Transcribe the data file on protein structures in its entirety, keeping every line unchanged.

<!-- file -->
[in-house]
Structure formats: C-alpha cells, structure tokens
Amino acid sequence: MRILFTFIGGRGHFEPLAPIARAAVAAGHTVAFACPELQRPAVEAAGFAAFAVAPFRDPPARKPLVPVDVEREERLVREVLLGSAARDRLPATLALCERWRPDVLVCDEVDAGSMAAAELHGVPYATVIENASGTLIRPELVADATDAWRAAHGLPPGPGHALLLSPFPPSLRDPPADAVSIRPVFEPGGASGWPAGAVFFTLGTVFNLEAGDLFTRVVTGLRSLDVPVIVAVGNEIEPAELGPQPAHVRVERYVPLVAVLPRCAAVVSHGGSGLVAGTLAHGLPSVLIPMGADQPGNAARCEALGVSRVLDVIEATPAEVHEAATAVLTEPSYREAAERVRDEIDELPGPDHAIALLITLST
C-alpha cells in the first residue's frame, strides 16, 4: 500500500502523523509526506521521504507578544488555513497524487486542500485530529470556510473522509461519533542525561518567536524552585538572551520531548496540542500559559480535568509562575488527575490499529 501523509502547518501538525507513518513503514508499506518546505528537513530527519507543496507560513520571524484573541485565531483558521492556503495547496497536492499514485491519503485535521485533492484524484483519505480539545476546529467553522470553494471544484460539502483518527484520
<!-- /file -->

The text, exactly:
[in-house]
Structure formats: C-alpha cells, structure tokens
Amino acid sequence: MRILFTFIGGRGHFEPLAPIARAAVAAGHTVAFACPELQRPAVEAAGFAAFAVAPFRDPPARKPLVPVDVEREERLVREVLLGSAARDRLPATLALCERWRPDVLVCDEVDAGSMAAAELHGVPYATVIENASGTLIRPELVADATDAWRAAHGLPPGPGHALLLSPFPPSLRDPPADAVSIRPVFEPGGASGWPAGAVFFTLGTVFNLEAGDLFTRVVTGLRSLDVPVIVAVGNEIEPAELGPQPAHVRVERYVPLVAVLPRCAAVVSHGGSGLVAGTLAHGLPSVLIPMGADQPGNAARCEALGVSRVLDVIEATPAEVHEAATAVLTEPSYREAAERVRDEIDELPGPDHAIALLITLST
C-alpha cells in the first residue's frame, strides 16, 4: 500500500502523523509526506521521504507578544488555513497524487486542500485530529470556510473522509461519533542525561518567536524552585538572551520531548496540542500559559480535568509562575488527575490499529 501523509502547518501538525507513518513503514508499506518546505528537513530527519507543496507560513520571524484573541485565531483558521492556503495547496497536492499514485491519503485535521485533492484524484483519505480539545476546529467553522470553494471544484460539502483518527484520